More recently, in the eighties of last century, the town of Pozzuoli was evacuated for fear of an imminent eruption. The ground had started to heave and rise, slowly, but notably, suggesting that magma from below was rising [i]. The eruption never came and the magma stayed were it is.
But for how long?
Today, locals are reminded of the volcanism by the whiff of sulfur in the air, the hot water springs and fumes and small earthquakes. The famous Solfatara volcano near Pozzuoli now smokes, bubbles, smells and hisses.
Until recently it was open to visitors, but it has been closed off due to its erratic, unpredictable behavior, having taken the lives of some who came too close to the hot boiling springs.
Under Pliny's feet
Pliny the Younger was near the Cape of Miseno, a huge rock in the Tyrrhenean Sea, when he witnessed the spectacle of Vesuvius in the year 79. Would he have suspected that beneath his feet there was a much larger volcano than Vesuvius?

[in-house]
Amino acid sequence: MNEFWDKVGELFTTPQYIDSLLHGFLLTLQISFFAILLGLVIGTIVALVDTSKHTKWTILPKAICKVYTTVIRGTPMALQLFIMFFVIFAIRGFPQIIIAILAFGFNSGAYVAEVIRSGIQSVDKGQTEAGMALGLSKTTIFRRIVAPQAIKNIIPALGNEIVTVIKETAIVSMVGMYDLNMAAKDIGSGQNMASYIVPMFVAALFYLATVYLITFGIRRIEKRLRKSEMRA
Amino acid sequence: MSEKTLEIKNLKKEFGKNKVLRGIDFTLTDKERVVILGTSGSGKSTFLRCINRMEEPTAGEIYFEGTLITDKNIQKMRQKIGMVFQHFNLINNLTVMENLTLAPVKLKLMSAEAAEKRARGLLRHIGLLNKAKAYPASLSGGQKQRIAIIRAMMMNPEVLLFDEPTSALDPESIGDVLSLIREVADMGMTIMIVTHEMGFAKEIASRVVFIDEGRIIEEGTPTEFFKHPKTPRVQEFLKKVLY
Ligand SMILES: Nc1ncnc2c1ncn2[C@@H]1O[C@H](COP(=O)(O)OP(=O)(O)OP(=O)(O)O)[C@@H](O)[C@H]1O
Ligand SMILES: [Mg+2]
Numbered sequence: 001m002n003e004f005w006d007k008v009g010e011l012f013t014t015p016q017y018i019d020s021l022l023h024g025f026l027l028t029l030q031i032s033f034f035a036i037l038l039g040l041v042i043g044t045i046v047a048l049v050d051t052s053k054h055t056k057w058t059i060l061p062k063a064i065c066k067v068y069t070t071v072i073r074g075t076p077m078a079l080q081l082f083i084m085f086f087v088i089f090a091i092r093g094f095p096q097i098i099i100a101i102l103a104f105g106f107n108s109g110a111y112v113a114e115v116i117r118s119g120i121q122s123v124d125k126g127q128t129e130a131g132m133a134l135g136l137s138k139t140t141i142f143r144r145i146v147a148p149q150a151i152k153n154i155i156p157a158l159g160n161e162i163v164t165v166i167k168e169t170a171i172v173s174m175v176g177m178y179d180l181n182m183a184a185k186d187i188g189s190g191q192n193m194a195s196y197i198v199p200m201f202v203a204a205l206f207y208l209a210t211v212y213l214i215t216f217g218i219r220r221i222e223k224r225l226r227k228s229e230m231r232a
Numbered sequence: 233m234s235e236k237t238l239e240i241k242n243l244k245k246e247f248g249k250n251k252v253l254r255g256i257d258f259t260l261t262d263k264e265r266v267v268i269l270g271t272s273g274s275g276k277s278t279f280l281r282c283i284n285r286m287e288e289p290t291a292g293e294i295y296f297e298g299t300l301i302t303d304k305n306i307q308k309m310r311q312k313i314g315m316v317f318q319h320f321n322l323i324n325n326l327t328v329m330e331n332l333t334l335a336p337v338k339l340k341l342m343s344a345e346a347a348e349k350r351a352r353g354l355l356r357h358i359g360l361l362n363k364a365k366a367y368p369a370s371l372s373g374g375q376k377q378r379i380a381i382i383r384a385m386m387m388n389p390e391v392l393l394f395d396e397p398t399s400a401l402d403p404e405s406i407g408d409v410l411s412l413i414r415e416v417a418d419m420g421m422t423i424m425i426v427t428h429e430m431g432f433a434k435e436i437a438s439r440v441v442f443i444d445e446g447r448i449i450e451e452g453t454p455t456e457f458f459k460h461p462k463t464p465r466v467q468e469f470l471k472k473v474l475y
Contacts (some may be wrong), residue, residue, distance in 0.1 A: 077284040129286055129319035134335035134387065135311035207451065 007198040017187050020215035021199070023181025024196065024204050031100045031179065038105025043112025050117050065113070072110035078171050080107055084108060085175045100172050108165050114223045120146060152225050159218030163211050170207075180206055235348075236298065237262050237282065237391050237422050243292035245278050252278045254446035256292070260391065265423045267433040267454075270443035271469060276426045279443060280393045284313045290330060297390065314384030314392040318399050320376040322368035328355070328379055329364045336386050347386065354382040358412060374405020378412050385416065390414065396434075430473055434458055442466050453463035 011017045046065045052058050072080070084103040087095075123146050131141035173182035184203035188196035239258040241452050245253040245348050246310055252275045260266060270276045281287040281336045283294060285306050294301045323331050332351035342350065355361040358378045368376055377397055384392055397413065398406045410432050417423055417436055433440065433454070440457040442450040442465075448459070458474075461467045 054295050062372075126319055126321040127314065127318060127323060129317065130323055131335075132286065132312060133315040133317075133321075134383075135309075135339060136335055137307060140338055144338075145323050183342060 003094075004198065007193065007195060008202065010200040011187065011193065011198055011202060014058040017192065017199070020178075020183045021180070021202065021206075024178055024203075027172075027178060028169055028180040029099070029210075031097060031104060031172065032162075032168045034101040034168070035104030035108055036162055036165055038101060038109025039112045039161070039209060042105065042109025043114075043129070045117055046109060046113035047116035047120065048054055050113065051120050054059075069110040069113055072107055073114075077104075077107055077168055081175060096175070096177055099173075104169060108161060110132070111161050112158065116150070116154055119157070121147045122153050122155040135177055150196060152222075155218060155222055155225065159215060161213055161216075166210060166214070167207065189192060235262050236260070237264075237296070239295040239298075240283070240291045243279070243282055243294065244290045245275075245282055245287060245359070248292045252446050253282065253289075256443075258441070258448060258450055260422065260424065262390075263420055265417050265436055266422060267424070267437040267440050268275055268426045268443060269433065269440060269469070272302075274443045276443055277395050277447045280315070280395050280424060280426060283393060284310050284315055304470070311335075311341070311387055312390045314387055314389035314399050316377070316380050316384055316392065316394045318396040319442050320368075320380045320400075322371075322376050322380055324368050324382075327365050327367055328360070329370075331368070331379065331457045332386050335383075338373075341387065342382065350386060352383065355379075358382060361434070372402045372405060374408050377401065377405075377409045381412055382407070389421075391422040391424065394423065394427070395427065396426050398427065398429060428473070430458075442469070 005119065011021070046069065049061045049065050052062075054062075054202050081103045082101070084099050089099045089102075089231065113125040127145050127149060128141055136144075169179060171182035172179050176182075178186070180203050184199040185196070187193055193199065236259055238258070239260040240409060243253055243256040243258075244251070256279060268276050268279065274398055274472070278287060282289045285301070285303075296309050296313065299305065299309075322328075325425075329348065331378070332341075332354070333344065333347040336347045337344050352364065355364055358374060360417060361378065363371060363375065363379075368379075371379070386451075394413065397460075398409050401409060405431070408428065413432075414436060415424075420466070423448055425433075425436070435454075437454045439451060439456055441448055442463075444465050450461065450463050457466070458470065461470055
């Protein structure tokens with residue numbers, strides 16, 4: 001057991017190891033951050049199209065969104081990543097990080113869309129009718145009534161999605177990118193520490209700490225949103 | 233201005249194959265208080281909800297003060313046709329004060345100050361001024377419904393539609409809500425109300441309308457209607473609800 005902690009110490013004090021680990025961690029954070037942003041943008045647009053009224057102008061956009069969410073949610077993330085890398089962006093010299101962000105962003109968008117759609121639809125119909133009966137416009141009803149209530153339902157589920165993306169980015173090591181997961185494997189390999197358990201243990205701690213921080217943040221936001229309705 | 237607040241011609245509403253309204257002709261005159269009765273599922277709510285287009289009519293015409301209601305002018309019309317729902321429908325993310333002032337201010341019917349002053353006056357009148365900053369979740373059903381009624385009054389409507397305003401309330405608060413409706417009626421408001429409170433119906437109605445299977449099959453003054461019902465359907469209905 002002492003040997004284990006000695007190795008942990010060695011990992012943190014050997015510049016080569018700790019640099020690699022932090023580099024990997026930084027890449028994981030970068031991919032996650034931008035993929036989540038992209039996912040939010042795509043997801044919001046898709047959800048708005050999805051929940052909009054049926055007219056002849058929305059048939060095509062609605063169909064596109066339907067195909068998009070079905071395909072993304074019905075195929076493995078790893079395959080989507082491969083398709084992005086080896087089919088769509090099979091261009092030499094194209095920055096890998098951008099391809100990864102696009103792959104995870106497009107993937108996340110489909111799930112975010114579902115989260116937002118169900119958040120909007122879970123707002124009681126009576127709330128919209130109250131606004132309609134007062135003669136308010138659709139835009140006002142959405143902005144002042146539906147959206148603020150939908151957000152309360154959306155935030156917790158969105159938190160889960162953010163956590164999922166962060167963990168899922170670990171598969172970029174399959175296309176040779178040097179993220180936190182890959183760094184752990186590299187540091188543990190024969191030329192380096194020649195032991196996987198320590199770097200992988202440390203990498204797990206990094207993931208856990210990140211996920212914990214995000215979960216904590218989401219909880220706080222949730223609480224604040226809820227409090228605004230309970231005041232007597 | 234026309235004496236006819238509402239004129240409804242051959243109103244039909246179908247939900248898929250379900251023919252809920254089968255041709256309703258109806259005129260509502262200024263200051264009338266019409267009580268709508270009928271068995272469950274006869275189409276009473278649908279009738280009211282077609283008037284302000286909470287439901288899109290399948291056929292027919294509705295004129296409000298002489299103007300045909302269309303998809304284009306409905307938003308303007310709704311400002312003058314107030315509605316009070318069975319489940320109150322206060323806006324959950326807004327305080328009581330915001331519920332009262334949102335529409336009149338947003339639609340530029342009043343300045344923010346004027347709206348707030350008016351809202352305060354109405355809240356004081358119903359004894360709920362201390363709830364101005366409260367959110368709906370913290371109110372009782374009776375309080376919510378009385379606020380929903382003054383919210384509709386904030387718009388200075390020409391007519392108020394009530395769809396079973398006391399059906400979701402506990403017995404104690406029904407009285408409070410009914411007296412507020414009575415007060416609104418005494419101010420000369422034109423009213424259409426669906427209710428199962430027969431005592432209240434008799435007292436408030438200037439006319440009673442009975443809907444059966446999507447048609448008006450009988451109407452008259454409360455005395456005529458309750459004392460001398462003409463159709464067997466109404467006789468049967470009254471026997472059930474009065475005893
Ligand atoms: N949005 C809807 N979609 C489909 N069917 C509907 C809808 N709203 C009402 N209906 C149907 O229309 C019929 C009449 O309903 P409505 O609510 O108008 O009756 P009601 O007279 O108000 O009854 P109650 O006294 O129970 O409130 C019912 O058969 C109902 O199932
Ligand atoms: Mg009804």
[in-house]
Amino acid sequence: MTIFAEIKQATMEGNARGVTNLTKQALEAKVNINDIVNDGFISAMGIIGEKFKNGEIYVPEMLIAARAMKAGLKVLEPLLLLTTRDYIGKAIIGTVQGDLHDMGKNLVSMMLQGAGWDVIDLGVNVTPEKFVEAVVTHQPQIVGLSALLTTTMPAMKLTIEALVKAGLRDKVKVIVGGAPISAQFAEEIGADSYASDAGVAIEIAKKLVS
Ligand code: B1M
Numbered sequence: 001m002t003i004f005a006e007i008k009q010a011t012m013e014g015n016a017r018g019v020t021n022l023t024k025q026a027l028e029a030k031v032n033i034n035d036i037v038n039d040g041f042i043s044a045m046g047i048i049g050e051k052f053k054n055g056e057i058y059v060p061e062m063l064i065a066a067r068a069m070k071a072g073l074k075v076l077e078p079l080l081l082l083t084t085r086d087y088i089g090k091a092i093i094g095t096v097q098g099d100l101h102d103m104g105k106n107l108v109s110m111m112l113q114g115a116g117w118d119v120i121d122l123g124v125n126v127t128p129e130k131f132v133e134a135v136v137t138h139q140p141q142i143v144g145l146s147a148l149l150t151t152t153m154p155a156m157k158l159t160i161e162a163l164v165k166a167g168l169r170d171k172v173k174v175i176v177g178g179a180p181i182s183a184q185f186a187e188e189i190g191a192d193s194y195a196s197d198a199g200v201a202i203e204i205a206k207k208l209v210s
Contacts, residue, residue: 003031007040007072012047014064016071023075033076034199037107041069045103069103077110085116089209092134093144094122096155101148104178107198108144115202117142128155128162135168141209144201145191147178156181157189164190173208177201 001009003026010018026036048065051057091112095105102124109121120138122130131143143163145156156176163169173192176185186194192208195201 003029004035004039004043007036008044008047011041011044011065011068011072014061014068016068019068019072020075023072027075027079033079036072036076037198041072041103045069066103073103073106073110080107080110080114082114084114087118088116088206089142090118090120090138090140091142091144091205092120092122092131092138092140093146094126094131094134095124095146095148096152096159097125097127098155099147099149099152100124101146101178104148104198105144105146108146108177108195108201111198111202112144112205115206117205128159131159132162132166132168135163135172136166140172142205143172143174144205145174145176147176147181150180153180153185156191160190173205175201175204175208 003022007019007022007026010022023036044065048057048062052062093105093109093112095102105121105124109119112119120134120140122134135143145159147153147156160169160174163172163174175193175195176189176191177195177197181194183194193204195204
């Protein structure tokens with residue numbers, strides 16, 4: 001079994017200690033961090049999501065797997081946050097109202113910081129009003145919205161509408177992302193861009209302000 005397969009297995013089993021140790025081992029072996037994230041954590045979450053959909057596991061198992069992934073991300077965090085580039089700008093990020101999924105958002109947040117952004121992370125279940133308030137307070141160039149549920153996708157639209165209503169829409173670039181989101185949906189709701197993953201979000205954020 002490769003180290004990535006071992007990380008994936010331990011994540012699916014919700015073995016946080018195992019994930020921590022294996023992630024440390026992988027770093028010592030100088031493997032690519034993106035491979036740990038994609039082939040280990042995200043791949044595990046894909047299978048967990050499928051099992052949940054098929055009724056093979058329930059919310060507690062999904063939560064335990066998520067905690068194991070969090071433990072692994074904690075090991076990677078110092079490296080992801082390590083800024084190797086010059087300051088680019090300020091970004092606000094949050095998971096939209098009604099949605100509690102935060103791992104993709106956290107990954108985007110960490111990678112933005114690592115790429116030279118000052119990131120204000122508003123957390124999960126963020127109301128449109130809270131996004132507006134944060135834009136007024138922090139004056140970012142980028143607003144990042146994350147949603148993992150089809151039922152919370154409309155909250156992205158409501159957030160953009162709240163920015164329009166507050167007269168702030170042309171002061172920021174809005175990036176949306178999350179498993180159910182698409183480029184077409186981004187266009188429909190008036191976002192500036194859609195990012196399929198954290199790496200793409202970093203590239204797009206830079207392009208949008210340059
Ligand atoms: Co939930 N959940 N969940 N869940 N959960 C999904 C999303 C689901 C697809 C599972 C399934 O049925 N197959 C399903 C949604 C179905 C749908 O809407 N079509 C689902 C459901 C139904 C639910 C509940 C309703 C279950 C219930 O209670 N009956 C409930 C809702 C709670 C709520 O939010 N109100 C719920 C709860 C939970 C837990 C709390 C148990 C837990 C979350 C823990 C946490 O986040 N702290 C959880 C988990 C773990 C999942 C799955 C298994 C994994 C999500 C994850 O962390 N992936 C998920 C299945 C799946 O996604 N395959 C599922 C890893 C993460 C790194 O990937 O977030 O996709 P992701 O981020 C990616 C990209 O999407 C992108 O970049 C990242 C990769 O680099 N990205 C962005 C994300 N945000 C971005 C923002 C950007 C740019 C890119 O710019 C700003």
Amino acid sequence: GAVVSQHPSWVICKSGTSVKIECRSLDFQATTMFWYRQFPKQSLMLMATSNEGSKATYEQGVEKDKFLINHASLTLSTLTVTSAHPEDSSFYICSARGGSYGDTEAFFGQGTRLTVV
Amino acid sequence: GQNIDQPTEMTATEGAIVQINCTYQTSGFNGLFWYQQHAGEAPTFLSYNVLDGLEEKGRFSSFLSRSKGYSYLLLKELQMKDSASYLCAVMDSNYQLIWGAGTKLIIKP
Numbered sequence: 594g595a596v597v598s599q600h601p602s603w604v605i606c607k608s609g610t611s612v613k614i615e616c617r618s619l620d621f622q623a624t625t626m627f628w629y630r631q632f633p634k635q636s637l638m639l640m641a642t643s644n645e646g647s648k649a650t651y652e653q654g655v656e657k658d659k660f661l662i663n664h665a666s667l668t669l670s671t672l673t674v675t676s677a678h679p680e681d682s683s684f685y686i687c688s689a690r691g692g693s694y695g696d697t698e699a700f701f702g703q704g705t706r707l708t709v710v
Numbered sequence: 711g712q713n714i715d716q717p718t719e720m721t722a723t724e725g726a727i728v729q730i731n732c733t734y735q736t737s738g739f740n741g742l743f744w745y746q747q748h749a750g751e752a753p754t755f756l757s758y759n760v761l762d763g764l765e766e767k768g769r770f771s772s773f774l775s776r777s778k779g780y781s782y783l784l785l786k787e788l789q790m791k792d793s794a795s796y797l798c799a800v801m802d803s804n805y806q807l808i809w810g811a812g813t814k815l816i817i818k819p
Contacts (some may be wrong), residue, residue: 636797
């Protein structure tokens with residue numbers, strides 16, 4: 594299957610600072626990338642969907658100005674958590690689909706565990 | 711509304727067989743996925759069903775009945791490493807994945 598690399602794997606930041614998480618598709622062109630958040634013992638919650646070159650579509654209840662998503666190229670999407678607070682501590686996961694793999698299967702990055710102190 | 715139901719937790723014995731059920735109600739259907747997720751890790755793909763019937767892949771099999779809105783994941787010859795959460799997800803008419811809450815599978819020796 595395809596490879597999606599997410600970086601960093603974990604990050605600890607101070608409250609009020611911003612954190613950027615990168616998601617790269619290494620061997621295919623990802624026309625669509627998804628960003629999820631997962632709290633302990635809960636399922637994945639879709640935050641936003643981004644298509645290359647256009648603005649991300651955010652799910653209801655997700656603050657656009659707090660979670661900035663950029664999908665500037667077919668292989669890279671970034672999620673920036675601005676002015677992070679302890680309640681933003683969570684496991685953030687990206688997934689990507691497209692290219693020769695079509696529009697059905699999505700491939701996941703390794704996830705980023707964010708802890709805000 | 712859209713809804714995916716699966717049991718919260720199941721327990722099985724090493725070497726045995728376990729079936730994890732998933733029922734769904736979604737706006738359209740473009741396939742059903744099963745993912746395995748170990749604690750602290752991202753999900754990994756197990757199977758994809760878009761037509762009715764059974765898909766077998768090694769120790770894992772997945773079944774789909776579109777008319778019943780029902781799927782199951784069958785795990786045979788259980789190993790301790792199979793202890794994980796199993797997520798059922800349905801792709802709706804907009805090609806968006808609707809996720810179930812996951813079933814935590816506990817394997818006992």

Do you want to read in Italian, and learn more about the cultural and natural richness of Campi Flegrei in general? I recommend Campi Flegrei of Attilio Wanderlingh.
A very complete book on the volcanology of Campi Flegrei and other volcanoes of Southern Italy is the first one in the list below. "Volcanoes of Southern Italy".
[i] Guest J., Cole P., Duncan A. & Chester D. 2003. Volcanoes of Southern Italy. The Geological Society of London. 284 p.
[ii] Sigurdsson H., Carey S., Cornell W., Pescatore T. 1985 The eruption of Mount Vesuvius in 79 AD. National geographic research, 1 (3): 332-387
[iii] Black B.A., Neely R.R. & Manga M. 2015 Campanian Ignimbrite volcanism, climate, and the final decline of the Neanderthals. Geology (2015) 43 (5): 411-414.
[iv] Fedele F.G. Giaccio B., Isaia R., Orsi G. 2002 Ecosystem Impact of the Campanian Ignimbrite Eruption in Late Pleistocene Europe. Quaternary Research 57(3): 420-424
[v] Colella A., Di Benedetto C., Calcaterra D. et al. 2017 The Neapolitan Yellow Tuff: An outstanding example of heterogeneity Construction and Building Materials, 136, p. 361-373.
[vi] Deino A.L., Orsi G., Vita S. & Piochi M. 2004 The age of the Neapolitan Yellow Tuff caldera-forming eruption (Campi Flegrei caldera - Italy) assessed by 40Ar/39Ar dating method. Journal of Volcanology and Geothermal Research, 133 (1-4), p. 157-170.